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Will the U.S. Finally End the Death Penalty?

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In the past, abolition efforts have faced a backlash—but Gavin Newsom’s moratorium may be different.
The American death penalty is extraordinarily fragile, with death sentences and executions on the decline. Public support for the death penalty has diminished. The practice is increasingly marginalized around the world. California, with its disproportionately large share of American death-row inmates, announces an end to the death penalty. The year? 1972. That’s when the California Supreme Court declared the death penalty inconsistent with the state’s constitutional prohibition of cruel or unusual punishments—only to have the death penalty restored a year later through popular initiative and legislation.
On Wednesday, again, California walked back its commitment to the death penalty. Though not full-fledged abolition, Governor Gavin Newsom declared a moratorium on capital punishment lasting as long as his tenure in office, insisting that the California death penalty has been an “abject…

Goodbye Indonesia, I will miss you

Andrew Chan, left, Myuran Sukumaran in Bali's Kerobokan prison
Within days of my arrival, Indonesia's president, Joko Widodo, rejected the clemency pleas of Bali Nine heroin smugglers Myuran Sukumaran and Andrew Chan, despite their remarkable rehabilitation.

From this moment their death by firing squad seemed inevitable.

Reporting on the lead-up to the executions was like watching a film, heart in mouth, that you already know ends tragically. I barely slept for weeks.

Relations between the two countries soured, exacerbated by Tony's Abbott's disastrous reminder of the billion dollars in aid Australia had donated after the 2004 tsunami.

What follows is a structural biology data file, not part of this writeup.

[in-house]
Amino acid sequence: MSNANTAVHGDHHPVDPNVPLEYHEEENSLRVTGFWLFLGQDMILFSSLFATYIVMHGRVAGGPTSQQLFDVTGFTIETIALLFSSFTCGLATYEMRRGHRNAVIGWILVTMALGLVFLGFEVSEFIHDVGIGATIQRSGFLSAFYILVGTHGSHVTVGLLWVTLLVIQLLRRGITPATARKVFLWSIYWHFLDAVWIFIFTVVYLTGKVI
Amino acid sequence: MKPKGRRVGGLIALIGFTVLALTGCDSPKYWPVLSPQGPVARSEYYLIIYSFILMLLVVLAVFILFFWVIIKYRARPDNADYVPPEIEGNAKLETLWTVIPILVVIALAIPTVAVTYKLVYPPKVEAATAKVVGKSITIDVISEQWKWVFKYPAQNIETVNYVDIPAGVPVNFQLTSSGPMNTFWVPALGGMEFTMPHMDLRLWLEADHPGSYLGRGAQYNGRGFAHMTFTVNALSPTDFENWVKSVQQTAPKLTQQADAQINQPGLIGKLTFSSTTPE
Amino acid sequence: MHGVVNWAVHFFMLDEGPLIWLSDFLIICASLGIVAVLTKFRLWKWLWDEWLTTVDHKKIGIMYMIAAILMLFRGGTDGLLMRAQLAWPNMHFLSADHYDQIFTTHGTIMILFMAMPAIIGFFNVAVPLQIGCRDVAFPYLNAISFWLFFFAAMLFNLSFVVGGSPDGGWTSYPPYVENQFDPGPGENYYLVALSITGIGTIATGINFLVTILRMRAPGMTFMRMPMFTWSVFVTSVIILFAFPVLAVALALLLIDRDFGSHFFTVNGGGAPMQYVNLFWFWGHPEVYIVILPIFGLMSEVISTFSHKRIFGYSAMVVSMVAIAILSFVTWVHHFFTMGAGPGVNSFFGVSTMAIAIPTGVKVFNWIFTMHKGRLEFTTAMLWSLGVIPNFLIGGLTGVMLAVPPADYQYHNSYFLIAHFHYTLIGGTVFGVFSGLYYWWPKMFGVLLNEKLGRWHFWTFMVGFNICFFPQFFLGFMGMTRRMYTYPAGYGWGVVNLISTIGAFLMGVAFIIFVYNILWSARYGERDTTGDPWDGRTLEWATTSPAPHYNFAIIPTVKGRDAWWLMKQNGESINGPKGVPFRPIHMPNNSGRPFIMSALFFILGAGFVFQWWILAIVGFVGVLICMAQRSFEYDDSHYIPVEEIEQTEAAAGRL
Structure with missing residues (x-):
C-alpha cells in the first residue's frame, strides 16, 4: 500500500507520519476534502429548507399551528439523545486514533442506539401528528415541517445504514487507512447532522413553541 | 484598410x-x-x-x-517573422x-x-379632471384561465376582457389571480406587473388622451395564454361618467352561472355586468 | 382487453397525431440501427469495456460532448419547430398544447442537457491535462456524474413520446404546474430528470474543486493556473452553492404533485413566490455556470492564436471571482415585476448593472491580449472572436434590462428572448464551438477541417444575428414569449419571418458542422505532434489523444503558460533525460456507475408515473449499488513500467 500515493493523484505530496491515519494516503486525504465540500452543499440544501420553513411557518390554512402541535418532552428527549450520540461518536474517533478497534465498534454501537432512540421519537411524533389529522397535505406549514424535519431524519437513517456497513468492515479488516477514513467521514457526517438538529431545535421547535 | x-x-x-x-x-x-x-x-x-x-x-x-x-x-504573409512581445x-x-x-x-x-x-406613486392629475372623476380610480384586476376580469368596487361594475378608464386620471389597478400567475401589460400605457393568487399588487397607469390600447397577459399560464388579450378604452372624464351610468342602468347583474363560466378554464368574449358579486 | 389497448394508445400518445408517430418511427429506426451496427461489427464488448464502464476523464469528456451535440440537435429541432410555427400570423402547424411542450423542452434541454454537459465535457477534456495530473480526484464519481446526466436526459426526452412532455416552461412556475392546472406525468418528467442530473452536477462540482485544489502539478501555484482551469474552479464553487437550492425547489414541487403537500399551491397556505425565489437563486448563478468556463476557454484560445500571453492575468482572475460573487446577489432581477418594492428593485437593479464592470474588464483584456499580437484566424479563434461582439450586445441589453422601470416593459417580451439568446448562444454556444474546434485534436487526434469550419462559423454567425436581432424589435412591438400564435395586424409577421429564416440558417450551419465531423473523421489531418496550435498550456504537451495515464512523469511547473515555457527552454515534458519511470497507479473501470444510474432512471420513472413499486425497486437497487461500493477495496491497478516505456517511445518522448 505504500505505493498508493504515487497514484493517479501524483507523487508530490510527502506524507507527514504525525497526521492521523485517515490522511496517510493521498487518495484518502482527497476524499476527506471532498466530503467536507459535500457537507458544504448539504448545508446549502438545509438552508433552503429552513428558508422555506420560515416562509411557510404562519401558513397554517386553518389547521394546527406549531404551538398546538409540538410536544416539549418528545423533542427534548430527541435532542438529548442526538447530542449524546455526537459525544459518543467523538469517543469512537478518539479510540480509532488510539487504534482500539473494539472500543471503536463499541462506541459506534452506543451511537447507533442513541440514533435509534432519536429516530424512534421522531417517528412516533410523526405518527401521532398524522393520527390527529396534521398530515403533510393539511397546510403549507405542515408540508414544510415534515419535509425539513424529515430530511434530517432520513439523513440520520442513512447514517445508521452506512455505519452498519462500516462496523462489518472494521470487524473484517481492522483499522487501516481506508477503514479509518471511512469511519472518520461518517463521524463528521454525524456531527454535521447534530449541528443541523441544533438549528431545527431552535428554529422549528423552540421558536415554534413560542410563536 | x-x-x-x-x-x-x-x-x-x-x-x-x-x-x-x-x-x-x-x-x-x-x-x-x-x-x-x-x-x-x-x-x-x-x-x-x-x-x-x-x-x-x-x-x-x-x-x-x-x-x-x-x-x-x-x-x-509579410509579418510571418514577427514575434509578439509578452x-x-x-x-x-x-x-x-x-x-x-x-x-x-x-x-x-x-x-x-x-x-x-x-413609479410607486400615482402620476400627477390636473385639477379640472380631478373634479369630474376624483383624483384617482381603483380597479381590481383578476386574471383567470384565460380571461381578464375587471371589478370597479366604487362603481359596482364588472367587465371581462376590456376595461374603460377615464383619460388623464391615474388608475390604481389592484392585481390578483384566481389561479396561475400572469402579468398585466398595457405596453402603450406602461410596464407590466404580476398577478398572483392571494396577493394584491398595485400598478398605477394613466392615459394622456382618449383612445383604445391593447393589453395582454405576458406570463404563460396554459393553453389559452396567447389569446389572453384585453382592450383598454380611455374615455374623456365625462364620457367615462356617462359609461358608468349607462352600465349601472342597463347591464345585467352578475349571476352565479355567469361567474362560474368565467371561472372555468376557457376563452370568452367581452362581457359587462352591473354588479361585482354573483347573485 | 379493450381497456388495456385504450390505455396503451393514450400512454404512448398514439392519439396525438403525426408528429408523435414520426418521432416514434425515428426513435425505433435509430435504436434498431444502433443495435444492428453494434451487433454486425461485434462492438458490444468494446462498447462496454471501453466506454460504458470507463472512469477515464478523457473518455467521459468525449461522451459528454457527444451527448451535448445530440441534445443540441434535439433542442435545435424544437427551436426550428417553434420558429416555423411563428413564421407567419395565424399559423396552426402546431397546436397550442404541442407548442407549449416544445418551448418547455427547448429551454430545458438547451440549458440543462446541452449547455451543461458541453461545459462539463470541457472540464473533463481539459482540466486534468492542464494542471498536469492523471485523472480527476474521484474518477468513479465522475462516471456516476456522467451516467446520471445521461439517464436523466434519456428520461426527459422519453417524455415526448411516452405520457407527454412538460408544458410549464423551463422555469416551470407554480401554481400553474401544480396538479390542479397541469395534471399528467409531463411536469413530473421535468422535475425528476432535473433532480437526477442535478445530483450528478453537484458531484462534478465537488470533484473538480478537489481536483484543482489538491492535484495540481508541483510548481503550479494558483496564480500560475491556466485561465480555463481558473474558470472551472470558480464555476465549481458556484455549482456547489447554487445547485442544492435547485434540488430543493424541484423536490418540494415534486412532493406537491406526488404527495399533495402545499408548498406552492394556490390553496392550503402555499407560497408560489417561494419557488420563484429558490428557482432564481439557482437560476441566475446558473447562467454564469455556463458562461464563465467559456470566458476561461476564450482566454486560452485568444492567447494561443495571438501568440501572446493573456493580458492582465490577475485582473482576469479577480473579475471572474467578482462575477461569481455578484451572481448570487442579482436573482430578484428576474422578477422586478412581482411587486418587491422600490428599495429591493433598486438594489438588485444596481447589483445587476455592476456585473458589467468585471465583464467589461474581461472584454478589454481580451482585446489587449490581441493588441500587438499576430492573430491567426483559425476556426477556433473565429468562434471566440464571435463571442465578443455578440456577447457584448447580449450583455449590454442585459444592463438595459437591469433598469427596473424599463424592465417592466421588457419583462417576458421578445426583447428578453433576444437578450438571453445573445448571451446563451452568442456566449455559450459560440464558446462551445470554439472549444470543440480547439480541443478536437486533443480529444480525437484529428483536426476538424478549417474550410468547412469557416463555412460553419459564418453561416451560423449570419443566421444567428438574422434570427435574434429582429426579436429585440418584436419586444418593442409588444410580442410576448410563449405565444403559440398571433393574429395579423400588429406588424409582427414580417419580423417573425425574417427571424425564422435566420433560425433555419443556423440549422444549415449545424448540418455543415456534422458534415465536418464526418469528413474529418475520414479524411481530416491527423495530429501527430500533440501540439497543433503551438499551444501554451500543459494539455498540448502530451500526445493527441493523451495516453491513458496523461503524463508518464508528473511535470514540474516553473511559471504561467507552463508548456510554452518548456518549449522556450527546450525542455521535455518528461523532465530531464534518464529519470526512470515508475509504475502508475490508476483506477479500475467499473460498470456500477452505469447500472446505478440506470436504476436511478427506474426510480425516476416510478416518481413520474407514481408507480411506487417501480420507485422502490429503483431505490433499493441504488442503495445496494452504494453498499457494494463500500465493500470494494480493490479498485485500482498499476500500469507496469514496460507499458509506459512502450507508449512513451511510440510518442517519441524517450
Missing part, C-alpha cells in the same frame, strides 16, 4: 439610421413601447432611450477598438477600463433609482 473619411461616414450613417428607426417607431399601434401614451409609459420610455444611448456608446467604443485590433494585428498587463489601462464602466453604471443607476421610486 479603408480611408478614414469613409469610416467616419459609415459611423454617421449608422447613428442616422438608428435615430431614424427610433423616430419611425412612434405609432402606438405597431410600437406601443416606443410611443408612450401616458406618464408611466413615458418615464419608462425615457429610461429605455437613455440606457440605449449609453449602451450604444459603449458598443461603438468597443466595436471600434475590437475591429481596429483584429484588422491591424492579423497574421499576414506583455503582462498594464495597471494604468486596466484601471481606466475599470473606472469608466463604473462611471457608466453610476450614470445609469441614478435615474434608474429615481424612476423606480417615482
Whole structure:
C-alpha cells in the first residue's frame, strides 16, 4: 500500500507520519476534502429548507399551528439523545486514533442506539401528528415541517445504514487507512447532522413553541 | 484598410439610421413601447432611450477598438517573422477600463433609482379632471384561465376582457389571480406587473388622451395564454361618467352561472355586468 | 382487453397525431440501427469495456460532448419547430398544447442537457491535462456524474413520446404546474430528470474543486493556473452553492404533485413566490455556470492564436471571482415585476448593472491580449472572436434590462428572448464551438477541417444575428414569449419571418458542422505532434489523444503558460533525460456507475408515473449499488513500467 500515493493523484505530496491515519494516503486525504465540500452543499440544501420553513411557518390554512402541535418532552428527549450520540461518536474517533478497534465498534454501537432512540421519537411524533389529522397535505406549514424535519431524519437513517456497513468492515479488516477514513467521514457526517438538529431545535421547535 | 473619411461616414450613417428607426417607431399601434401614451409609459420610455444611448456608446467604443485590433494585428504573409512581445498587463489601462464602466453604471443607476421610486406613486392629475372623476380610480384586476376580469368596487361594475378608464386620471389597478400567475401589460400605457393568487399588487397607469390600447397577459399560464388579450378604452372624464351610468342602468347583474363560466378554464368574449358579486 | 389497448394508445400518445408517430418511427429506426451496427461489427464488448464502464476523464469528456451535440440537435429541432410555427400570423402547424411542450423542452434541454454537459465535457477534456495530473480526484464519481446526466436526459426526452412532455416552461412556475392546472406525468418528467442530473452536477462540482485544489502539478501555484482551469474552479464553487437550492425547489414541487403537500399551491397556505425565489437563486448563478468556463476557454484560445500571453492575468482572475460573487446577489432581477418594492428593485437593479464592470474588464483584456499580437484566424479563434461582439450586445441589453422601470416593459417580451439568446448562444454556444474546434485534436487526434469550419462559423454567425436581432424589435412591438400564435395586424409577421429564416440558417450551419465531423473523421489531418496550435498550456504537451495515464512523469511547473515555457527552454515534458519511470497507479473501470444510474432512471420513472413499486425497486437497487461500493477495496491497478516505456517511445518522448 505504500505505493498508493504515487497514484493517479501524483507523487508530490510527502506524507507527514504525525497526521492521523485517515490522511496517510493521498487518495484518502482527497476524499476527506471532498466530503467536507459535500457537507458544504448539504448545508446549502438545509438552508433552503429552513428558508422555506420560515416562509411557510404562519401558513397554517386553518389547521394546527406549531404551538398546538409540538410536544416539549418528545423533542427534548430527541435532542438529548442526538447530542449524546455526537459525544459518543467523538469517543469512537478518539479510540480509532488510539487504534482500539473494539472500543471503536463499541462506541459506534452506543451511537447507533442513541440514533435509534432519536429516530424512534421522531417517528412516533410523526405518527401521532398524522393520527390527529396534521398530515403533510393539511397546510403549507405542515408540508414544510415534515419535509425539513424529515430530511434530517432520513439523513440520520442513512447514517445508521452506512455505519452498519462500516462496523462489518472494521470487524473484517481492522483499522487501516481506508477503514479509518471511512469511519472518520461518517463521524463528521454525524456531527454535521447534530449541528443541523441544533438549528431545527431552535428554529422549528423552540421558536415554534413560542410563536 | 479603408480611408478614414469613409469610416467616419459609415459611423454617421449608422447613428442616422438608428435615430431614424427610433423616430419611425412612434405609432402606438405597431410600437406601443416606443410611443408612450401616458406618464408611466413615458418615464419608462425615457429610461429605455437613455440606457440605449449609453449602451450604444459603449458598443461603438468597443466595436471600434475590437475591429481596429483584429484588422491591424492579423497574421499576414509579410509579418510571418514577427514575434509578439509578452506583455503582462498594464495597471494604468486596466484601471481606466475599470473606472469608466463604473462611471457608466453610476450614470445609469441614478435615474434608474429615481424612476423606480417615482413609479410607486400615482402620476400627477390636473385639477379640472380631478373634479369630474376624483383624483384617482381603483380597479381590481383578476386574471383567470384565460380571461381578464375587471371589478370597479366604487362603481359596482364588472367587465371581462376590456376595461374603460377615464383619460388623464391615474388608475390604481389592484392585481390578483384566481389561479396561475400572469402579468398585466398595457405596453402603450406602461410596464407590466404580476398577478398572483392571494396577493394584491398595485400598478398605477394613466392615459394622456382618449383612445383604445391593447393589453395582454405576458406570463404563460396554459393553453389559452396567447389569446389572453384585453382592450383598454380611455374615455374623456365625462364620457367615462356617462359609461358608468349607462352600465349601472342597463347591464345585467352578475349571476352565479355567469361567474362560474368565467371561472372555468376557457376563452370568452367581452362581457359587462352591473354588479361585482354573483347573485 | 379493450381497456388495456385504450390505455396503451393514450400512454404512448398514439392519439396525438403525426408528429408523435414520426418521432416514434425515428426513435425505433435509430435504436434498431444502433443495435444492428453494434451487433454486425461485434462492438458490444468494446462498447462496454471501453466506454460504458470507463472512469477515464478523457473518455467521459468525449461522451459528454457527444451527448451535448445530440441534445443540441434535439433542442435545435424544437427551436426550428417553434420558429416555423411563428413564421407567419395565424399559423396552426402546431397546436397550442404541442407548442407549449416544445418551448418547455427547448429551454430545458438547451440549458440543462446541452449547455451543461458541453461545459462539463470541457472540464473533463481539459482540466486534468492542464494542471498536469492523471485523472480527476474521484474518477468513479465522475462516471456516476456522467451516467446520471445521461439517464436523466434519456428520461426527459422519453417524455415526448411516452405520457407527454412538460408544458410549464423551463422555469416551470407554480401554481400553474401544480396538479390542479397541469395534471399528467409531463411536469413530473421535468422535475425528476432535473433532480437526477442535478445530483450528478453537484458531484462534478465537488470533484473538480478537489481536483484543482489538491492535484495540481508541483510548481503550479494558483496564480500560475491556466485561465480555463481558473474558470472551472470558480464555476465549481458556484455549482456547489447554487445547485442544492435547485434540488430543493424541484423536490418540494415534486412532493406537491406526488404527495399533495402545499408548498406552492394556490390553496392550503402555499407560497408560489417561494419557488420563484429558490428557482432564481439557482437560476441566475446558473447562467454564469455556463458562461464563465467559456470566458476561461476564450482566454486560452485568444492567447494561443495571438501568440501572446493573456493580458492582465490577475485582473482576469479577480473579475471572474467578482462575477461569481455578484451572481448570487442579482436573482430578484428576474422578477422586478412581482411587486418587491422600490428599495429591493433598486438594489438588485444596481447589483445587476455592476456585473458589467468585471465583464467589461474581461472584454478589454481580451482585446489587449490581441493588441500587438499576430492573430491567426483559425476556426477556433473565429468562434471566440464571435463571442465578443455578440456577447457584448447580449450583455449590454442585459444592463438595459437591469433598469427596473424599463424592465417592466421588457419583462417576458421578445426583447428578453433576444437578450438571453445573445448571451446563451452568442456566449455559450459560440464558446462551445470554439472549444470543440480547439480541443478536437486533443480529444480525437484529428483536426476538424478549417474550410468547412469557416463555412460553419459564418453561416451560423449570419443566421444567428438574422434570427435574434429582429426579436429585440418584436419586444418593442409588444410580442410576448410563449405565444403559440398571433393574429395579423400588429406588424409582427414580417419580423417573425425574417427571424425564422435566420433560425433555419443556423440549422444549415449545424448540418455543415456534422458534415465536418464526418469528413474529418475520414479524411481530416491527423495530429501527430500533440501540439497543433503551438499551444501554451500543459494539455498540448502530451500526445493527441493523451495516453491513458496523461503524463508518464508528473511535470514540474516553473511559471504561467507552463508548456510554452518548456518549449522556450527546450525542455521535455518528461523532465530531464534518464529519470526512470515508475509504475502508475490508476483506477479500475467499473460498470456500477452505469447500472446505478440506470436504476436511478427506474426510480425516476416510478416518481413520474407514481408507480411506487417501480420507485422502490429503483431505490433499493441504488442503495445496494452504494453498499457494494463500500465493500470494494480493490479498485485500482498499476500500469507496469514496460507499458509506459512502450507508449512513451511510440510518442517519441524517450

"Australia and Indonesia are like divorced parents who have to stay together for the sake of the children," one Indonesian official told me.

The anger some Australians felt towards Indonesia at the time was visceral. I deplore the death penalty – now more than ever – but felt a responsibility not to fan the flames of hate.

Many Indonesians see drug smuggling through a different prism to Australians; a crime akin to cold-blooded murder or terrorism because it can lead to the deaths of addicts.

And there were also Indonesians who were deeply affected; among them the guards and fellow prisoners who became close to Chan and Sukumaran and their indefatigable lawyer Todung Mulya Lubis, who has been fighting to end the death penalty in Indonesia since 1979.

Mulya would later describe the night the Australians were shot as the darkest moment of his life. "I failed. I lost," he tweeted, heartbroken, at 4am.

For a long time I didn't let myself acknowledge the executions had affected me. It seemed nothing in the face of the grief faced by Chan and Sukumaran's loved ones.

But I was haunted by photos of them as children, Sukumaran with a broad toothy grin and Chan an impish smirk.

For weeks afterwards I dreamed my son, 18 months old at the time, fell into a swimming pool. I would dive in and try to rescue him but each time his slippery, muscular body would squirm out of my hands until I realised I was powerless to save him. I would wake soaked in sweat, again and again.

I remember reading former Melbourne radio journalist Brian Morley's account of witnessing the hanging of Ronald Ryan in Melbourne and how it changed him. I marvelled he was still alive to tell the story. The last execution carried out in Australia seemed so long ago although it was only 1967.

Jokowi last year suggested Indonesians would eventually change their minds on execution laws, as citizens of other countries have done in the past.

I hope one day to write a retrospective piece when the death penalty seems as remote and archaic in Indonesia as it does in Australia.

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Source: Brisbane Times, Jewel Topsfield, January 13, 2018


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"One is absolutely sickened, not by the crimes that the wicked have committed,
but by the punishments that the good have inflicted." -- Oscar Wilde

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Will the U.S. Finally End the Death Penalty?